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Your auto insurance scores might be directly affecting your insurance rate, though you may not even know they exist.
For many people, the long list of factors influencing auto insurance rates is a mystery. You probably realize that things like where you live, accidents and your prior claim history can affect your rates. But you may not be aware that your credit history can, too.
Since an auto insurer’s profitability depends on its ability to set rates based on the probability of policyholders claiming an insurance loss, insurers are always looking for new ways to better predict this information. In the early 1990s, they found that credit-based auto insurance scores could help.
Here’s what you need to know about auto insurance scores.
- What is an auto insurance score?
- How are insurance scores calculated?
- Are my auto insurance scores tied to my credit scores?
- How can I improve my auto insurance score?
What is an auto insurance score?
Insurance scores are numerical scores used to predict the likelihood that you’ll have an accident or fill out a claim. They’re calculated from information on your credit reports. Car insurers use auto insurance scores as one of many factors to determine how much you’ll pay for car insurance in states where that is allowed.
Certain states have banned the use of credit when calculating insurance rates, including California, Hawaii and Massachusetts. Check with your state’s insurance-regulating department to see if credit history can factor into car insurance rates in your state.
Like with credit scores, many companies, including FICO, have come up with their own auto insurance scoring models and formulas. Check with your auto insurance company to see what auto insurance score it uses and who provides it.
But how do insurance scores affect your rates, and how do your credit scores relate to your insurance scores?
How are insurance scores calculated?
Each company uses its own methodology to interpret the credit information that builds your insurance score, so exact insurance score ranges and how they affect rates are unknown.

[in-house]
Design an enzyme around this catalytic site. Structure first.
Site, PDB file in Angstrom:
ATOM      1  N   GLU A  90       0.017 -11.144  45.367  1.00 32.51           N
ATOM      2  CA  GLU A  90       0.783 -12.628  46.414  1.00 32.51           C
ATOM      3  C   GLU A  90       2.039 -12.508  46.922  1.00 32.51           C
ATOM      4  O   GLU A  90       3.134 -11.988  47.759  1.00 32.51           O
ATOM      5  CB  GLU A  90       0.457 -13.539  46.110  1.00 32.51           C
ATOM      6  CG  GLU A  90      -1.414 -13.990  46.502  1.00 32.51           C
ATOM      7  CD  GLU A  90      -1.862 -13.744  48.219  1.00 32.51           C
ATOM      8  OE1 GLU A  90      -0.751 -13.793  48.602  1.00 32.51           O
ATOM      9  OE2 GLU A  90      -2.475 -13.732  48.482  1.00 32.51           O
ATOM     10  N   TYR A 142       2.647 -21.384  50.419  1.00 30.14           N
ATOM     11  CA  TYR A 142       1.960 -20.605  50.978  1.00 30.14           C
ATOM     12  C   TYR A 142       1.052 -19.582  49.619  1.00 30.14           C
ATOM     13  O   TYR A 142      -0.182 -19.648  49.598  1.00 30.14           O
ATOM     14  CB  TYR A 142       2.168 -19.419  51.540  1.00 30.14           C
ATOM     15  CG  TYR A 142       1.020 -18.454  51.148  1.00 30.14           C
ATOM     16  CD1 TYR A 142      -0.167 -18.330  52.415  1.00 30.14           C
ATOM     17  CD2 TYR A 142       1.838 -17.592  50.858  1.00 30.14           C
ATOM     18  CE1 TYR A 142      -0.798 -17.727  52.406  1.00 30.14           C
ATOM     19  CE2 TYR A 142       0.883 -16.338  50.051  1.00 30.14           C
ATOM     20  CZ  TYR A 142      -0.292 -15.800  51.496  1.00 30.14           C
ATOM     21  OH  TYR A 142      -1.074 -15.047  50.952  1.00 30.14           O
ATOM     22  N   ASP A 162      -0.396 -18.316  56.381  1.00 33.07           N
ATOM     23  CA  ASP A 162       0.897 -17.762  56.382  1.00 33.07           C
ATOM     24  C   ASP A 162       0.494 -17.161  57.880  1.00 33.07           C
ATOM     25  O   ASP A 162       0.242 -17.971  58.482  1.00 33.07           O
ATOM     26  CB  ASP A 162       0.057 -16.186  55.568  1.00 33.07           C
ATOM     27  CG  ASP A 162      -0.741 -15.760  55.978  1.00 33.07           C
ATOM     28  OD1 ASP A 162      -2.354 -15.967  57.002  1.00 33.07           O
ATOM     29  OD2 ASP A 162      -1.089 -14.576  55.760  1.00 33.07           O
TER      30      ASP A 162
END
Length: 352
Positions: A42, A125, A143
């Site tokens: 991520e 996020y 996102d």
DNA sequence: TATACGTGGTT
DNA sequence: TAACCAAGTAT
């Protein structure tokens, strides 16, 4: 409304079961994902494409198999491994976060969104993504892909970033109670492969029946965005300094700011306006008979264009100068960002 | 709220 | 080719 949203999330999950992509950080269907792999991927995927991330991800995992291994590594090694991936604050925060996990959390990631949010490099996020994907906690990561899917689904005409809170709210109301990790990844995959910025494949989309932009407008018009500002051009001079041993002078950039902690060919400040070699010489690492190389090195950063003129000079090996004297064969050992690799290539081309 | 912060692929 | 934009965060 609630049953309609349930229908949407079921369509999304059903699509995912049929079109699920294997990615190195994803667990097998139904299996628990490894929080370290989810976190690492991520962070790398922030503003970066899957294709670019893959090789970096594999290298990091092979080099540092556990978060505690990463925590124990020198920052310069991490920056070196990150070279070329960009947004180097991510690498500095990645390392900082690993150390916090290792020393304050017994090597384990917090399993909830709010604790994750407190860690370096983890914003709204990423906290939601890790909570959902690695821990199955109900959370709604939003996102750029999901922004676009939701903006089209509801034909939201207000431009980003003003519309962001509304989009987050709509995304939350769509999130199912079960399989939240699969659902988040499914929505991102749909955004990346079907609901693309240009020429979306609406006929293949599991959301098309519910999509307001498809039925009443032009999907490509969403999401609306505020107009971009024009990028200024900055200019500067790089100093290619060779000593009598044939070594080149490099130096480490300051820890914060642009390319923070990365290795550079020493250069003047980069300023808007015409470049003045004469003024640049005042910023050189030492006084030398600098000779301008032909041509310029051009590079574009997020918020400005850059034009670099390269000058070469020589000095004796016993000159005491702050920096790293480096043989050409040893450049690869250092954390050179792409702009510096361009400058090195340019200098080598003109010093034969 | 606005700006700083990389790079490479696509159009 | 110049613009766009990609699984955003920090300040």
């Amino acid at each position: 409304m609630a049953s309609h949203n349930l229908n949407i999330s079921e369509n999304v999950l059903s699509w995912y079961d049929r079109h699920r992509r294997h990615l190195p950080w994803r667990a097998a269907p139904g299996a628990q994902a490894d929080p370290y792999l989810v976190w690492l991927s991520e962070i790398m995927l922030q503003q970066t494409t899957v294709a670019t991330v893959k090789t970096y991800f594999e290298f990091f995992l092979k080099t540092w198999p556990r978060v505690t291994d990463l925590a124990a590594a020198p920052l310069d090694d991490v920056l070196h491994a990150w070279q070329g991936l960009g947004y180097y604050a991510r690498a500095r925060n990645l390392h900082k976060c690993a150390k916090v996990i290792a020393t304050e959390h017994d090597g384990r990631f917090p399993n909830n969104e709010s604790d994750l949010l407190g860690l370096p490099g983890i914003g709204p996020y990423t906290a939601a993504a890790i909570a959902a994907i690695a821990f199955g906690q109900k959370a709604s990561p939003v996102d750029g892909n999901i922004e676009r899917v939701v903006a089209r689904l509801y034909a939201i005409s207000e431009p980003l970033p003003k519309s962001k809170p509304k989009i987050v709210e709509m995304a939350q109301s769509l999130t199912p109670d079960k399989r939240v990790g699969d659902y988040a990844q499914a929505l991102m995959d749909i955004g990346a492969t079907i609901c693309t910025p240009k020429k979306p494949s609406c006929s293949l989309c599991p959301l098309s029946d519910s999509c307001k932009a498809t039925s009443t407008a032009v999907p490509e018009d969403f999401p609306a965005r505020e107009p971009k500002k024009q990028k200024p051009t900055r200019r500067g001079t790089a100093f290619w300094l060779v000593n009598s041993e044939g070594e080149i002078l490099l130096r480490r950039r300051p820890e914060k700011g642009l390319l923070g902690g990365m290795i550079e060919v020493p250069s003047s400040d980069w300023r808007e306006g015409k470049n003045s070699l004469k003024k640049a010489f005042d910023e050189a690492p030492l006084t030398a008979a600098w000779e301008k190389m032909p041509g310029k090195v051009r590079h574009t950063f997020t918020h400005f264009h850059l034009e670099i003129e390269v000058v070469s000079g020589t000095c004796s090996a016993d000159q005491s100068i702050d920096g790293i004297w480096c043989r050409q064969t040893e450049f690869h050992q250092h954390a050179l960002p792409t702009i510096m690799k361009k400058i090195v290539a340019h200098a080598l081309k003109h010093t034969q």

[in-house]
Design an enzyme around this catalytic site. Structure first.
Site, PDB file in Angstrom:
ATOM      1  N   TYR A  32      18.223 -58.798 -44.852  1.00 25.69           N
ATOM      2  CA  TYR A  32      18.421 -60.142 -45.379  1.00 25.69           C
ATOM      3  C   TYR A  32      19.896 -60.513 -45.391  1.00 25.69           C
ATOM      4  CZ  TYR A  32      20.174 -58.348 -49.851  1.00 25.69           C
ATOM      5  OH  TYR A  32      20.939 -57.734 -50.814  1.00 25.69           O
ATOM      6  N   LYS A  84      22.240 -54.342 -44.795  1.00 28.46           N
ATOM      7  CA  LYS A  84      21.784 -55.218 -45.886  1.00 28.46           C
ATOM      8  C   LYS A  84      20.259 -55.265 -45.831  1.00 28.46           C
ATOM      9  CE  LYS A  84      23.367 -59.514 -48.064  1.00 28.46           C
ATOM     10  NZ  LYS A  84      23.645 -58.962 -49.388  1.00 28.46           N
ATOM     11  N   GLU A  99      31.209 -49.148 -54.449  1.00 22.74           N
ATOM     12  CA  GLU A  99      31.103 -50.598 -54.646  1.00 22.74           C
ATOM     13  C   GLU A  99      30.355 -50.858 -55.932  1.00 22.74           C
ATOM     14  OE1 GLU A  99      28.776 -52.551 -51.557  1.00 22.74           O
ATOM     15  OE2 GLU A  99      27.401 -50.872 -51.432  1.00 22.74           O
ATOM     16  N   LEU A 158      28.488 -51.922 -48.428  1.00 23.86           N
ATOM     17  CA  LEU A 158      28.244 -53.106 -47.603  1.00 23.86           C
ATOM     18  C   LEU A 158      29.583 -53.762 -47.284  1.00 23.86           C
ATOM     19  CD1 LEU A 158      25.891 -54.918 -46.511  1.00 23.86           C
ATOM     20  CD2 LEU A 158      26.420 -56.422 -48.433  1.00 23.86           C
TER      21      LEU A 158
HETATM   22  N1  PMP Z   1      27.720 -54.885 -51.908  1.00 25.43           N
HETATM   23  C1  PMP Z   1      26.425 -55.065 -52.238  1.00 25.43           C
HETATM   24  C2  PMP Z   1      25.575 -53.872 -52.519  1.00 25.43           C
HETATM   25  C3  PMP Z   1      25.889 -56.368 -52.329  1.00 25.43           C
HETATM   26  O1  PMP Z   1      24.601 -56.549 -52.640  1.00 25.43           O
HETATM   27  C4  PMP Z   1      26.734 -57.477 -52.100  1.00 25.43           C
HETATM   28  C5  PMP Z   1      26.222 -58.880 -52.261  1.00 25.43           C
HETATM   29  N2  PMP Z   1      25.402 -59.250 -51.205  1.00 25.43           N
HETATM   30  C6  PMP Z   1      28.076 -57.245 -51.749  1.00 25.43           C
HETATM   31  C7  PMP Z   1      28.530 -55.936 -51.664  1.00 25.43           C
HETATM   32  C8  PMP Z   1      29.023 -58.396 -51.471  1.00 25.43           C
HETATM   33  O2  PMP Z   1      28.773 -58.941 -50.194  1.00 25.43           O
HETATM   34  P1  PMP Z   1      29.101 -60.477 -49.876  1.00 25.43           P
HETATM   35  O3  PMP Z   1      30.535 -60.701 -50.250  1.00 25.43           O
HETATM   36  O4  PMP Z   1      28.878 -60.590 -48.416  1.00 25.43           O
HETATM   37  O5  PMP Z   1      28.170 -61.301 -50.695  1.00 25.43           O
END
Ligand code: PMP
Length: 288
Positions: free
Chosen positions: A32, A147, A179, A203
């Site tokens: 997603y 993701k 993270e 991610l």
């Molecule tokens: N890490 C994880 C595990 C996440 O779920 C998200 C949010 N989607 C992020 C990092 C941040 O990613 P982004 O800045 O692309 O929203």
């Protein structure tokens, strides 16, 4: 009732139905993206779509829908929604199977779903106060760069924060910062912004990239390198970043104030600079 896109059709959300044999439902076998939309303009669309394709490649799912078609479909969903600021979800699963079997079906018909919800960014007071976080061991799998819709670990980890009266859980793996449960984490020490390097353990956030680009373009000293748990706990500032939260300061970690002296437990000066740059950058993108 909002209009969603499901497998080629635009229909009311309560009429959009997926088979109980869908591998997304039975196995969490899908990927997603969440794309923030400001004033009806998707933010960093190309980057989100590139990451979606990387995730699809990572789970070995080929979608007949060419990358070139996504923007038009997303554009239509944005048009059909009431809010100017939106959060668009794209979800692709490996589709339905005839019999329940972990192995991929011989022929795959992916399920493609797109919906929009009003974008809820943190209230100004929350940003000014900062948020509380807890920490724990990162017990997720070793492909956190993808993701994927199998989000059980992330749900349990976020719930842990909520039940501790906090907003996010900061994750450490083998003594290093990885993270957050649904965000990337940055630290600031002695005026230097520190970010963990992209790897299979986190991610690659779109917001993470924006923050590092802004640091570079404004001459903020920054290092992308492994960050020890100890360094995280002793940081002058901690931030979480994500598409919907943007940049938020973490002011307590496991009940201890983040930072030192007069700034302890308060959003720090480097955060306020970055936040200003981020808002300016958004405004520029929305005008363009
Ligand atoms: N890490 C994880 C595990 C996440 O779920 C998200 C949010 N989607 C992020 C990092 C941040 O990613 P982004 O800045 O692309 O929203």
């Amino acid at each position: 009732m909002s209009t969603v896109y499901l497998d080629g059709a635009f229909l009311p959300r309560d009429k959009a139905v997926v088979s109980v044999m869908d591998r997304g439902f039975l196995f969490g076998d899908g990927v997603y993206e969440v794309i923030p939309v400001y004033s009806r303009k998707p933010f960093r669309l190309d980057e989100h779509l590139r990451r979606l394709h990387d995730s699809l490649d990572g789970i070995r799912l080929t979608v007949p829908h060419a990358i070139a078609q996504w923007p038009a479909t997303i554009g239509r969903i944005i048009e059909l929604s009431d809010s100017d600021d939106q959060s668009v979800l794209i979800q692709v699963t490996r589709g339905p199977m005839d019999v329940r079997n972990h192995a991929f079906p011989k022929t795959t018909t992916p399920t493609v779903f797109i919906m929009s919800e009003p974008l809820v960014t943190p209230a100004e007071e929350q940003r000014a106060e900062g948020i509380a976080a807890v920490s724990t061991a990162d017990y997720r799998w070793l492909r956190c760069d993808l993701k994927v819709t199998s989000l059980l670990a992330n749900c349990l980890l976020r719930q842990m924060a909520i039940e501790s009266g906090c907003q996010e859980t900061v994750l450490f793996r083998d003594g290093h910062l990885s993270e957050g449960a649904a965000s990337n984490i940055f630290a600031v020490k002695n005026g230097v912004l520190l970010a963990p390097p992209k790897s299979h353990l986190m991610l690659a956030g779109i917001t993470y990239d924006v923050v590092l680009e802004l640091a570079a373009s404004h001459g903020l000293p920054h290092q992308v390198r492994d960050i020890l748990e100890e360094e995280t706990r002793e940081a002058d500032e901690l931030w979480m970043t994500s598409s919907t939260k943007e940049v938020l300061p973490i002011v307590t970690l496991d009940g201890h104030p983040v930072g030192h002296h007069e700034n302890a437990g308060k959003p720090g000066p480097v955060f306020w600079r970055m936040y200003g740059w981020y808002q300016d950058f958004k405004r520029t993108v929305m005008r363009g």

That said, some insurers purchase credit-based insurance scores from companies like FICO. FICO weighs the following factors to determine its auto insurance scores:
- Payment history (roughly 40%)
- Outstanding debt (roughly 30%)
- Length of credit history (roughly 15%)
- Pursuit of new credit (roughly 10%)
- Mix of credit experience (roughly 5%)
If you feel an insurance score may be negatively affecting your insurance rate, it doesn’t hurt to shop for better car insurance rates from time to time.
Are my auto insurance scores tied to my credit scores?
Your auto insurance scores are calculated based on the information in your credit reports. So your credit information could potentially have an impact on your auto insurance rates.
That said, your auto insurance scores aren’t directly tied to your credit scores. While both are calculated using information from the same source, they aren’t technically related.
But data shows that your credit scores and auto insurance rates correlate. According to The Zebra’s “The State of Auto Insurance Report for 2020,” drivers with poor credit scores (300 to 579) pay more than twice as much for their auto insurance compared to people with exceptional credit scores (800 to 850).
Additionally, improving from one credit tier to the next, such as from poor to average, can save drivers up to 19% per credit tier each year, the report says.
How can I improve my auto insurance score?
If you want to make sure your insurance scores are headed in the right direction, check your current scores.
If your scores are lower than you’d like, there are a few things you can do, or avoid doing, to help improve them. Making all of your debt payments on time, keeping your credit utilization down, and having numerous accounts in good standing can help your auto insurance scores (and your credit scores, too!).
You may also want to keep your oldest credit accounts open to show a long-established track record.
On the other hand, some actions will lower your insurance scores. Avoid making credit payments after the due date and allowing accounts to go to collections. You’ll also want to avoid a high credit utilization ratio. Finally, many recent applications for new credit may hurt your scores too.
Understanding what an auto insurance score is and how it works is just part of the picture. Next, you can dive deeper.